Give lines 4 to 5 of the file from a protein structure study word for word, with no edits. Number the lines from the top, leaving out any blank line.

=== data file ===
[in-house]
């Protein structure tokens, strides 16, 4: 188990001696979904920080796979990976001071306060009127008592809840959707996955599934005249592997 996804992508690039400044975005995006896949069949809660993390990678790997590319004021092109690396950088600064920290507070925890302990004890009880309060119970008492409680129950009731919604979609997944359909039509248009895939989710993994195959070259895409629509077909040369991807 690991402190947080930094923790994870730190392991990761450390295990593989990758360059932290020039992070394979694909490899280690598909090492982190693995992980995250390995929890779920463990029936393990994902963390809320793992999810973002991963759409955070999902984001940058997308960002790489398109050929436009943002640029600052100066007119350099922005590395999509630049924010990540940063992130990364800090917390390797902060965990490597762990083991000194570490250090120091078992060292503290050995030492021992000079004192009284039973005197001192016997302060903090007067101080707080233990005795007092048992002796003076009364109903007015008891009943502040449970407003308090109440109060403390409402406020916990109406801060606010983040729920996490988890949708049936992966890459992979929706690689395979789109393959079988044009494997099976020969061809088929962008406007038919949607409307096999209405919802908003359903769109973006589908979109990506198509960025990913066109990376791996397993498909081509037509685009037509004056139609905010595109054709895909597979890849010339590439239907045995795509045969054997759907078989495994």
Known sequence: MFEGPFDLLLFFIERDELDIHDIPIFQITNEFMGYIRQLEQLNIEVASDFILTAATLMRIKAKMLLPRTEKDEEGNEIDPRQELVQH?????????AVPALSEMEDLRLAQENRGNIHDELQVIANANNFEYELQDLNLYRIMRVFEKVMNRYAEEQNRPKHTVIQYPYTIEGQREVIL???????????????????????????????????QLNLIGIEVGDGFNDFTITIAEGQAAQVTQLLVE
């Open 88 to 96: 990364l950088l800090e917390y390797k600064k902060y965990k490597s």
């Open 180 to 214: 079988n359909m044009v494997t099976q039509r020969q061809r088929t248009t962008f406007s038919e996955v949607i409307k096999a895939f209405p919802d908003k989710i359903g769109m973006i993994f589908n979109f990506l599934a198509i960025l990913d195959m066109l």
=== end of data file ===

């Open 88 to 96: 990364l950088l800090e917390y390797k600064k902060y965990k490597s």
């Open 180 to 214: 079988n359909m044009v494997t099976q039509r020969q061809r088929t248009t962008f406007s038919e996955v949607i409307k096999a895939f209405p919802d908003k989710i359903g769109m973006i993994f589908n979109f990506l599934a198509i960025l990913d195959m066109l």